Disclosing Personal Information Across the Border



Christopher Guly for The Lawyers Weekly

May 14, 2010

B.C. government wants to permit transborder flow of personal data

Six years ago, the B.C. government tightened its privacy law to prevent the public sector from disclosing personal information beyond Canada's borders. Now the provincial government wants to loosen that restriction on the storage and access of information outside the country.

As part of a comprehensive review of the Freedom of Information and Protection of Privacy Act (FIPPA) - which must be undertaken at least every six years - the B.C. government has proposed several amendments to reflect the fact that the world is a very different place than when the legislation first came into force in October 1993. (B.C. and Nova Scotia are the only Canadian jurisdictions that have public-sector laws restricting the transborder flow of personal information out of Canada.)

One of the changes would involve amending provisions in the law that prohibit, with a few exceptions, the storage of information outside of Canada, to reflect developments in information technology (IT) and "advancements that make jurisdictional boundaries artificial, including social networking and other Internet tools and mechanisms that can promote stronger citizen engagement, and to take advantage of commercial and economic opportunities for storage and management of information, including 'cloud computing.'?"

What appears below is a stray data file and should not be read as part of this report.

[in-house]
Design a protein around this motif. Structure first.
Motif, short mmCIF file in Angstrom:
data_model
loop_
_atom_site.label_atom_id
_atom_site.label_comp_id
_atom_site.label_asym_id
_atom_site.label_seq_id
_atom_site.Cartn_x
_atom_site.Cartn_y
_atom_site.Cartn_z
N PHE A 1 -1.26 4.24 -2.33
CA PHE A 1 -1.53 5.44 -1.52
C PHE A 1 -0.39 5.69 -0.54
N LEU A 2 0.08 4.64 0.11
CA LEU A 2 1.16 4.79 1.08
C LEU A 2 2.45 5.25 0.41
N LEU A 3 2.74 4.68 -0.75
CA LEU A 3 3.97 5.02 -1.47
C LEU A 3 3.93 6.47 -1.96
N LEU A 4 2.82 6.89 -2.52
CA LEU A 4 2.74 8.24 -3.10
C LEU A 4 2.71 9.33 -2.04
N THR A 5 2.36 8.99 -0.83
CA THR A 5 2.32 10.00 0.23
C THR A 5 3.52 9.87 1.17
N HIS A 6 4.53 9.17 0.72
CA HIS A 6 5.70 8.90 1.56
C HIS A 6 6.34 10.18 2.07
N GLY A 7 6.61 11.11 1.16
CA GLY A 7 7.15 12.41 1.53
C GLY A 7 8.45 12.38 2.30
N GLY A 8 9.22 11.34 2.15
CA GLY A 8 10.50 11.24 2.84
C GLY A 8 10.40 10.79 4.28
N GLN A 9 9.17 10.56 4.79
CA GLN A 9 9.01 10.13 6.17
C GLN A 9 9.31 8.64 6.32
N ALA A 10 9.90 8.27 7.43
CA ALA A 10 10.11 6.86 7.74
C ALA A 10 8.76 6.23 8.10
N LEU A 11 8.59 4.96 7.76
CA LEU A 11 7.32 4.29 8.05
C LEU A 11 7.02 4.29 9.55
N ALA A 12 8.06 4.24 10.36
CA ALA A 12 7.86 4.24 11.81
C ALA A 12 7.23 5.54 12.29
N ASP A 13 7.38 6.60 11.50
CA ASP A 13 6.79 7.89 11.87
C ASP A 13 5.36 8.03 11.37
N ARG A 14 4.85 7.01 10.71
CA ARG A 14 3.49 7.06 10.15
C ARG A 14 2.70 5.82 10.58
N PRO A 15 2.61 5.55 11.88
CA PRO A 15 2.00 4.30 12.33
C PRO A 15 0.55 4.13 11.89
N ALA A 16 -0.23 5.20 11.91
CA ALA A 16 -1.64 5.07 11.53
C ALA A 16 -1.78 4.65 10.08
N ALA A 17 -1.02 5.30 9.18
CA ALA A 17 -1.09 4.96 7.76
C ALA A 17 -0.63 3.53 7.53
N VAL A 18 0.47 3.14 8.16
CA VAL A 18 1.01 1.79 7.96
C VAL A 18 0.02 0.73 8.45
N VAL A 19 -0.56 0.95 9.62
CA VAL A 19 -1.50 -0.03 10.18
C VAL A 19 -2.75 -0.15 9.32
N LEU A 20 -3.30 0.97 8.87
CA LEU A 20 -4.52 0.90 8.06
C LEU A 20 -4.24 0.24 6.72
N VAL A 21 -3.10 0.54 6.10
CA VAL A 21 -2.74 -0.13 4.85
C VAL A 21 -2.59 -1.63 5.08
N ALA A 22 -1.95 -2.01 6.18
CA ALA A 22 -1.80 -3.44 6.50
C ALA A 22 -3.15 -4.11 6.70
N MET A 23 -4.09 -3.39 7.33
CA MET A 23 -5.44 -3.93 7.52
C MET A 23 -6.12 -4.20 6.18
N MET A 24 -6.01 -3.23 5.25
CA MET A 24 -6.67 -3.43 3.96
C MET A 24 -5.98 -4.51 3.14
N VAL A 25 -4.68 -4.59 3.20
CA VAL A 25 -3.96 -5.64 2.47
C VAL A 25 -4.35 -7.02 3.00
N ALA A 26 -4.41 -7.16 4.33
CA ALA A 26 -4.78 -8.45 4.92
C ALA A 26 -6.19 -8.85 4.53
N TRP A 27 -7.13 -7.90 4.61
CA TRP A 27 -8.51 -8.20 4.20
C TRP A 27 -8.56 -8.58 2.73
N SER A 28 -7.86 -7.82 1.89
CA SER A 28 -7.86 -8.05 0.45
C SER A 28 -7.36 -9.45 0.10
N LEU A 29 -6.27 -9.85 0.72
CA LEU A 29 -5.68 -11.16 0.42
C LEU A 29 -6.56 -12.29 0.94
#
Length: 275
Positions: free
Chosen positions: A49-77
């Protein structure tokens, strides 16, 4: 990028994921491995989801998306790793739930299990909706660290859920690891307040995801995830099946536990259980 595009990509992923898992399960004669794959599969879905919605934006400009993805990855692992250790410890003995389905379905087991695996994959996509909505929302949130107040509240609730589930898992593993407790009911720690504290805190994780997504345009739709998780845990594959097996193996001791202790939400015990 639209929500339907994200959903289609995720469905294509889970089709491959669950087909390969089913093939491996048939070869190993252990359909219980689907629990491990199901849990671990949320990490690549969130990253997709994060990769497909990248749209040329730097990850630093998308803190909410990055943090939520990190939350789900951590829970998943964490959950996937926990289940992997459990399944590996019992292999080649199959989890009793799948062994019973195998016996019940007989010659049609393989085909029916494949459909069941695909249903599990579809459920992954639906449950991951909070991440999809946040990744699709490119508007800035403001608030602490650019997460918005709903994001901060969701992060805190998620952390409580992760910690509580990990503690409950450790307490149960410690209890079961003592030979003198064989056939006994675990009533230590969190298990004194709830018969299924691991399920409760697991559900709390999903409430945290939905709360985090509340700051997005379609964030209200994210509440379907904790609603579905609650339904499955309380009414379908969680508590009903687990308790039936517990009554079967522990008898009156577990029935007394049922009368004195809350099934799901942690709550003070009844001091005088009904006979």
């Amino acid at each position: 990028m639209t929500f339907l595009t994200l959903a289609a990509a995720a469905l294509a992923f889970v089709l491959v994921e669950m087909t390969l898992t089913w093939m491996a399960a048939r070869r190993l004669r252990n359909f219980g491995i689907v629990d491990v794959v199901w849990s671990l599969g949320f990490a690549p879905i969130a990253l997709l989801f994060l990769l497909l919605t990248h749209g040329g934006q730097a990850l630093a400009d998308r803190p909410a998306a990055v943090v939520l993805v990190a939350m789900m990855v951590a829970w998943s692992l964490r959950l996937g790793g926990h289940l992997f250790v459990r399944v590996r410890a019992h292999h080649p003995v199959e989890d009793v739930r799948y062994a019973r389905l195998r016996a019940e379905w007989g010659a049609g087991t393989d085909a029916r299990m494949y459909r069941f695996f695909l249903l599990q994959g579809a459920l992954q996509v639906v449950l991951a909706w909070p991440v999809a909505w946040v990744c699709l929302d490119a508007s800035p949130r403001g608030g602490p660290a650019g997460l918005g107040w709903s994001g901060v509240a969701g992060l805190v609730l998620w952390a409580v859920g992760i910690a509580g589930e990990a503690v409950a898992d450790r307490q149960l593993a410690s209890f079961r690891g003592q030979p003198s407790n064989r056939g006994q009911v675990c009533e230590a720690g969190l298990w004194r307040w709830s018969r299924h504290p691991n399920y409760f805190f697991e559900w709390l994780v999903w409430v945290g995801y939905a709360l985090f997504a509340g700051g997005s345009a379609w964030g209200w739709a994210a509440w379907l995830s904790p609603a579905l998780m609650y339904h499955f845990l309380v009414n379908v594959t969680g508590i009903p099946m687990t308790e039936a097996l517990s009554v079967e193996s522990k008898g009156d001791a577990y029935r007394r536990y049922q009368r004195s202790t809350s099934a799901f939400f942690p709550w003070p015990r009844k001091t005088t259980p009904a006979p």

To achieve those objectives, B.C. lawmakers will have to open a legislative door locked in 2004 when the Act was amended to address what were billed at the time as concerns regarding cross-border access to public-sector sharing of personal information about the province's residents. The "fear" that precipitated the restriction was that American law-enforcement officials would be able to use the 2001 USA Patriot Act or some other legal mechanism to approach a U.S.-based entity, such as Google's Gmail service, to obtain information about foreigners in the post-9/11 war against terrorism, according to Ottawa privacy lawyer Kris Klein. He served as litigation counsel in the Office of Canada's Privacy Commissioner from 2005 to 2007.

In fact, he says that U.S. authorities have reportedly only relied on the Patriot Act 87 times through to the end of 2008, and it's unknown whether any of those instances involved information on Canadians.

Klein explains that an underlying reason behind the legislative amendment six years ago was that the B.C. Government and Services Employees' Union opposed the provincial government's plans to contract out IT services and took legal action, including an unsuccessful bid before the B.C. Supreme Court to challenge a government contract for the administration of residents' health records with Virginia-based government services company MAXIMUS Inc.